This new soundtrack, produced by Scherle’s independent record label Scissors, which can now be streamed via Spotify and is available for digital purchase on Amazon and iTunes. Speaking of the score, Scherle underlines that “no creative decision happens in a vacuum,” as much of his experimentation was the result of a stream of many different ideas leading to one final result. A major benefit of a small-scale production such as Princess of the Row was its lack of an overbearing deadline, allowing director Max Carlson, the time to experiment with his composer.

“The majority of the music was just written to ideas or certain feelings we were going after, and not picture-based influences,” Scherle says. As well as “a fantastic filmmaker with a strong vision, Max is also an excellent editor, so he then went on with using these ‘freely’ composed pieces and roughly edited them to picture. I then took these rough versions back and smoothed them out for the final recording sessions.”

Reflecting on the process as having been an especially fun and fulfilling collaboration – which absolutely shines through in the completed album, fizzing with peculiar sounds and dynamic percussive beats – Scherle’s initial attraction to the film came from star Edi Gathegi’s involvement. The Kenyan-American actor was involved in another project Scherle was working on, so he introduced Scherle to director Max Carlson and the rest of the team.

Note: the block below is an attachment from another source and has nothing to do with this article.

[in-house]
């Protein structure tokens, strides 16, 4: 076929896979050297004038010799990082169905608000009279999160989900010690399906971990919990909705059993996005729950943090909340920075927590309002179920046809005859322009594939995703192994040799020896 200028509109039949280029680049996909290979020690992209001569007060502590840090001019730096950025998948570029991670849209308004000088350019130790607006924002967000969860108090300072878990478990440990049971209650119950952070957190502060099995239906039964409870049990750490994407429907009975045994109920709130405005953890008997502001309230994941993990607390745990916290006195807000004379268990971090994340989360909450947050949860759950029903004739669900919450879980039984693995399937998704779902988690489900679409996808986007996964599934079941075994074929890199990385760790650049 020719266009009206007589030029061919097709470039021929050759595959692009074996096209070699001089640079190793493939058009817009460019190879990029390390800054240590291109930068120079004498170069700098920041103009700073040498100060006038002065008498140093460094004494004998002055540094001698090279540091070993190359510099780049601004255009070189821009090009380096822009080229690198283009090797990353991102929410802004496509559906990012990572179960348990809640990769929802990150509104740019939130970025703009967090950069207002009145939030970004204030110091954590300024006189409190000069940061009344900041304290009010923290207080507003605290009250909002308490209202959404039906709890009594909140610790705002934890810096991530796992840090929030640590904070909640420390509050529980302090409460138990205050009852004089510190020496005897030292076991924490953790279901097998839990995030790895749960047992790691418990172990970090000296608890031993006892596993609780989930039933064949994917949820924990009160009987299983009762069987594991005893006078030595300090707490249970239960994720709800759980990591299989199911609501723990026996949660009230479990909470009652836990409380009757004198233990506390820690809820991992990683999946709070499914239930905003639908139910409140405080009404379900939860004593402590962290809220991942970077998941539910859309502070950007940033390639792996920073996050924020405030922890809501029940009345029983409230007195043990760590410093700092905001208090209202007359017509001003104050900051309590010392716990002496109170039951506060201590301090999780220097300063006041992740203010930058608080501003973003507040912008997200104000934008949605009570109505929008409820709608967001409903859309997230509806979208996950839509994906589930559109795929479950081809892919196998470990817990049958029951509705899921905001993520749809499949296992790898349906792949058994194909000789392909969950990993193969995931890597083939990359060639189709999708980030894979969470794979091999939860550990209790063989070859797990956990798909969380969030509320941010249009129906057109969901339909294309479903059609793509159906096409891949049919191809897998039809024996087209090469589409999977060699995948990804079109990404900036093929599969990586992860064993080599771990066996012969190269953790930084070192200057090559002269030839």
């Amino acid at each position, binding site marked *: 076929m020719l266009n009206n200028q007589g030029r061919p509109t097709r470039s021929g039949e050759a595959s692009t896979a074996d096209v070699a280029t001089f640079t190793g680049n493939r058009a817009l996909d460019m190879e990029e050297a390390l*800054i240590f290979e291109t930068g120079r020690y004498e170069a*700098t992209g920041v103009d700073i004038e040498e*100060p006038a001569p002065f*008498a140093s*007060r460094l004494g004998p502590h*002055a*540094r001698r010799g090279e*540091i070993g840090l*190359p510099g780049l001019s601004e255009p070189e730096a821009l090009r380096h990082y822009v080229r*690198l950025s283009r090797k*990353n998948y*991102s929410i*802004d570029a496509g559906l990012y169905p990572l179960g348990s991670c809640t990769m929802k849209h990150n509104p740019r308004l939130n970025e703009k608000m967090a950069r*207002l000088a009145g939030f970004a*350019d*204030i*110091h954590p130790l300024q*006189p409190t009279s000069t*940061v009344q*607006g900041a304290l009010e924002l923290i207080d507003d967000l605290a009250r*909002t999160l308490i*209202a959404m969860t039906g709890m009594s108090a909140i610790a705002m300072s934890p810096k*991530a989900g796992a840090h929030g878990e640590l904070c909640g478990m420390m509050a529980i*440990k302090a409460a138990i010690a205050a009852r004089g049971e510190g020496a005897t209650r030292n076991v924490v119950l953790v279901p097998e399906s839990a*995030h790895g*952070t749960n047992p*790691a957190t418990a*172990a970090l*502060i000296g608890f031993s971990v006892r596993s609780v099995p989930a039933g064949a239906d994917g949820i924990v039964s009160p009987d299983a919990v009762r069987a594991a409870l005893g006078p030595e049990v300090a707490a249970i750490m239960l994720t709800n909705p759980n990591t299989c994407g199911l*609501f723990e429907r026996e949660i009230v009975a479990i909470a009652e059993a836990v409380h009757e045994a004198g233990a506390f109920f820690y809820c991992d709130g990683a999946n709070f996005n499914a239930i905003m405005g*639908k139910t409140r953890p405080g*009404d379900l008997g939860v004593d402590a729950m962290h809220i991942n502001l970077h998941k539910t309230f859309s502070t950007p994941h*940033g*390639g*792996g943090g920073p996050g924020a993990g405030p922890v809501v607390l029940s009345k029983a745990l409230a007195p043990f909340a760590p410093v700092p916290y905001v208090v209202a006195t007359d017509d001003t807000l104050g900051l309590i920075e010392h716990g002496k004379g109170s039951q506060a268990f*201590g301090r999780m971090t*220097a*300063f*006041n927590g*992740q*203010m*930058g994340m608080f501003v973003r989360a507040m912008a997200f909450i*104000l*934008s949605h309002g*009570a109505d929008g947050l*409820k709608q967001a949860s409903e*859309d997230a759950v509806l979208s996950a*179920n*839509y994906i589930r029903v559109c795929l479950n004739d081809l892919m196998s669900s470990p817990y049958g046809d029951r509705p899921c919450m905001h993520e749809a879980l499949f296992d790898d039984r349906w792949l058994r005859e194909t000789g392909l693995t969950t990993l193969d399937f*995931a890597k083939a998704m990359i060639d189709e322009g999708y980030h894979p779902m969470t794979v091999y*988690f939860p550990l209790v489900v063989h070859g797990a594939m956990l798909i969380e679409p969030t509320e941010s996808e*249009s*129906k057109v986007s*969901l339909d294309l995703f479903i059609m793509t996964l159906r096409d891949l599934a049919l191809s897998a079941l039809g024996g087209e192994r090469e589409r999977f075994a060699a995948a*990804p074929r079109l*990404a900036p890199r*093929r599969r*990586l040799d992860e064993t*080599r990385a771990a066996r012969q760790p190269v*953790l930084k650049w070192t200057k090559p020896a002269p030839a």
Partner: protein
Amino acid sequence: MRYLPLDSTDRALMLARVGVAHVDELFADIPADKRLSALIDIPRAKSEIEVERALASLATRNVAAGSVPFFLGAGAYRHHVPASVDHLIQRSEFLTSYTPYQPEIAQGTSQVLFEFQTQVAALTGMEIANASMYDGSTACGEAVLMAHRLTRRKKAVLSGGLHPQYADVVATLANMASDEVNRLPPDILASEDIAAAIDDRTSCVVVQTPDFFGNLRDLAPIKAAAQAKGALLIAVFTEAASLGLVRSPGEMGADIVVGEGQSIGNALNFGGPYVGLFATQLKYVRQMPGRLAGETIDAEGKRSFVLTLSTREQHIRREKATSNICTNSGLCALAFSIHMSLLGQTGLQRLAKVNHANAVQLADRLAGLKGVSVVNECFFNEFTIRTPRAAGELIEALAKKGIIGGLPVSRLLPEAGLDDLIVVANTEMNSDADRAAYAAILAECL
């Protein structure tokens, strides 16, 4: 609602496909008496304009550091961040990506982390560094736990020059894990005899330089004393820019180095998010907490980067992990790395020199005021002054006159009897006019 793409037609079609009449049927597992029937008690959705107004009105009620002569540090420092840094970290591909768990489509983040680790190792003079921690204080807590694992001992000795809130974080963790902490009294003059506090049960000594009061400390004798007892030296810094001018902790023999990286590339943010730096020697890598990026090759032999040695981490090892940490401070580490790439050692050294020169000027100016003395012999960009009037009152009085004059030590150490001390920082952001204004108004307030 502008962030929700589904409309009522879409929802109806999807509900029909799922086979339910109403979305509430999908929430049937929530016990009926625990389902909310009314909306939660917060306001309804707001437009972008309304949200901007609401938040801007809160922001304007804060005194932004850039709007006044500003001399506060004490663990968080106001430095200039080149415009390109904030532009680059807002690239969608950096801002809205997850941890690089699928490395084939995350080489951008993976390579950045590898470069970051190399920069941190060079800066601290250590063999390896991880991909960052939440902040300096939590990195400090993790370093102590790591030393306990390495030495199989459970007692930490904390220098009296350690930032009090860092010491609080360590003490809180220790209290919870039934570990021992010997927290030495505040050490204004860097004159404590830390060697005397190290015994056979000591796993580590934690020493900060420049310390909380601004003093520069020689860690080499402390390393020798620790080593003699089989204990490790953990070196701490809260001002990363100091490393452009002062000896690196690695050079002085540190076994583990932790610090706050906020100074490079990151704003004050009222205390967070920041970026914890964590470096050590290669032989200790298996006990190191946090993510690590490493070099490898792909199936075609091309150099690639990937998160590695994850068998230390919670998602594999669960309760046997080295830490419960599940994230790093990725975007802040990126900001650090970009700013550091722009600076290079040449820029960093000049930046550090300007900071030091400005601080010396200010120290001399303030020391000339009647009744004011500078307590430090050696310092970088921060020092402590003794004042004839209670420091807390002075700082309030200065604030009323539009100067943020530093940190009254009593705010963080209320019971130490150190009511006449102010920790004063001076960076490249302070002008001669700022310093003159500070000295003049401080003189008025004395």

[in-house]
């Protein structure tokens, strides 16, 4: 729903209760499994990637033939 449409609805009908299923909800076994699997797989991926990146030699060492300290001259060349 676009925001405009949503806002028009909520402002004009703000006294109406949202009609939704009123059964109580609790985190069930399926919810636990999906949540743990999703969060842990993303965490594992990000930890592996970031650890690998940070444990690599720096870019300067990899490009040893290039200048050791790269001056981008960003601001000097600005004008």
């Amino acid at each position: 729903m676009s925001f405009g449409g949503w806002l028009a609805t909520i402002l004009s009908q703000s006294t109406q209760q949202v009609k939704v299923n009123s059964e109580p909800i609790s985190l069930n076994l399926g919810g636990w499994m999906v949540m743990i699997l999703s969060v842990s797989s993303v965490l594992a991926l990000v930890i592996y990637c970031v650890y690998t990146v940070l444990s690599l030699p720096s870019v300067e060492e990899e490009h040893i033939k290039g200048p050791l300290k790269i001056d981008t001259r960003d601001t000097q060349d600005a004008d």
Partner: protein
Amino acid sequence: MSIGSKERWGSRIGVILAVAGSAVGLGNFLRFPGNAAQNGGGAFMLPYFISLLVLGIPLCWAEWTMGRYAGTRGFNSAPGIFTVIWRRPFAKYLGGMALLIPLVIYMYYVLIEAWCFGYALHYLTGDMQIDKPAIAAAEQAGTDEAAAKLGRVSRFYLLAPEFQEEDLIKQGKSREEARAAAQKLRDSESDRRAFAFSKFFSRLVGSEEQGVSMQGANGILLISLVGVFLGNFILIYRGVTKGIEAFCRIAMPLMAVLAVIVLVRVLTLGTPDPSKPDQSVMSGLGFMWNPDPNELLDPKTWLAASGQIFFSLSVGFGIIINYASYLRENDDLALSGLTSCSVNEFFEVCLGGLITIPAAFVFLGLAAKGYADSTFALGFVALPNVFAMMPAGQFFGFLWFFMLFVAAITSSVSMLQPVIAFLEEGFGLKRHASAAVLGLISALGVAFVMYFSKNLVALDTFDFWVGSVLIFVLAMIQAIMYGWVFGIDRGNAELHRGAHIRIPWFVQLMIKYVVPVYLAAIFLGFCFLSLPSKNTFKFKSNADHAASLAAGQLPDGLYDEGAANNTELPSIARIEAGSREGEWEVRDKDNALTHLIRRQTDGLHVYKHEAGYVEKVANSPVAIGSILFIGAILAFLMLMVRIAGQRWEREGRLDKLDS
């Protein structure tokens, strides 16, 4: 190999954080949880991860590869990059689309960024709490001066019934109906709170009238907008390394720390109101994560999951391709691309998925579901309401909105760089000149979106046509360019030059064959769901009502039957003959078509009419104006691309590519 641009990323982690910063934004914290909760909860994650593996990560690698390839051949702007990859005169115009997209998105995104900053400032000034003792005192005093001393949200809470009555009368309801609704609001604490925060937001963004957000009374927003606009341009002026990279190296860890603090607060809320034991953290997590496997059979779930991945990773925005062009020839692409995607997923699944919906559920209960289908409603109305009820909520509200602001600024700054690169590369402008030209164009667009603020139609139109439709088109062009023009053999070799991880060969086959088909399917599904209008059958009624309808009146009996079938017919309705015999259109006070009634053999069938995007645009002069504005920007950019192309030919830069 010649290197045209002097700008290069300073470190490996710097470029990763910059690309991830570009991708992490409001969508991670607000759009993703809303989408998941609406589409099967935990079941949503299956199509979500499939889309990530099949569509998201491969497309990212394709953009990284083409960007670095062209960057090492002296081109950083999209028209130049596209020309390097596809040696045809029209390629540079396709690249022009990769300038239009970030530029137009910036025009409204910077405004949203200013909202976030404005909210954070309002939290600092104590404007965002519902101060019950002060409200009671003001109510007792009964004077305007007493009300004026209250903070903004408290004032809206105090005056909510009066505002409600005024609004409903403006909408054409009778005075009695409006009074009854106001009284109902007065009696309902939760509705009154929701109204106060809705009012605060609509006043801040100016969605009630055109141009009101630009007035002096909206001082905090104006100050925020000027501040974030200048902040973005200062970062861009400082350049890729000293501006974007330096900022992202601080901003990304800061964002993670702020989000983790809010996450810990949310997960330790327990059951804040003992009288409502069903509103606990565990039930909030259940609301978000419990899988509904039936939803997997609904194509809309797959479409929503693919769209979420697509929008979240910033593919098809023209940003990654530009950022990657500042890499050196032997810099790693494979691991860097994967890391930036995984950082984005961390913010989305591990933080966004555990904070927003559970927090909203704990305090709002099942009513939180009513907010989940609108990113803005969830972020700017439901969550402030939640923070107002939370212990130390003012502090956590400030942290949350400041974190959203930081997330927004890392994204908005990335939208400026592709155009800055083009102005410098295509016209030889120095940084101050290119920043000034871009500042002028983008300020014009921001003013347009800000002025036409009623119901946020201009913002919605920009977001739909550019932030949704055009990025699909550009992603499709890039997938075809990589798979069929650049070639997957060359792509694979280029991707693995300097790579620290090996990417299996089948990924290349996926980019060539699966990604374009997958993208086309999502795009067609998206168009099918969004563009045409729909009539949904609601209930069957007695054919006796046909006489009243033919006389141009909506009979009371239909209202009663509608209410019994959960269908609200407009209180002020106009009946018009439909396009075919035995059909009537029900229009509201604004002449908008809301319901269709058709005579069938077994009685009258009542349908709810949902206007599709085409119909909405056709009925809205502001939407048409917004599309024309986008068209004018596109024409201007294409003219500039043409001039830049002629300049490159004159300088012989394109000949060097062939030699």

“I was immediately hooked by the unique tone and the powerful message of the story. Honestly, it was a pretty easy decision to make. I think film as a medium can have a very wide reach and influence, so having a positive message is something I’m always interested in.”

Classically trained from the age of six, Scherle honed his craft as a musician across a period of thirteen years wherein in which he was guided through hundreds of years of European compositions. Even if he didn’t quite recognise it at the time – most of the time preferring to record punk rock in a mouldy basement – this broad scope of music was valuable exposure to the versatility that could be achieved by a composer.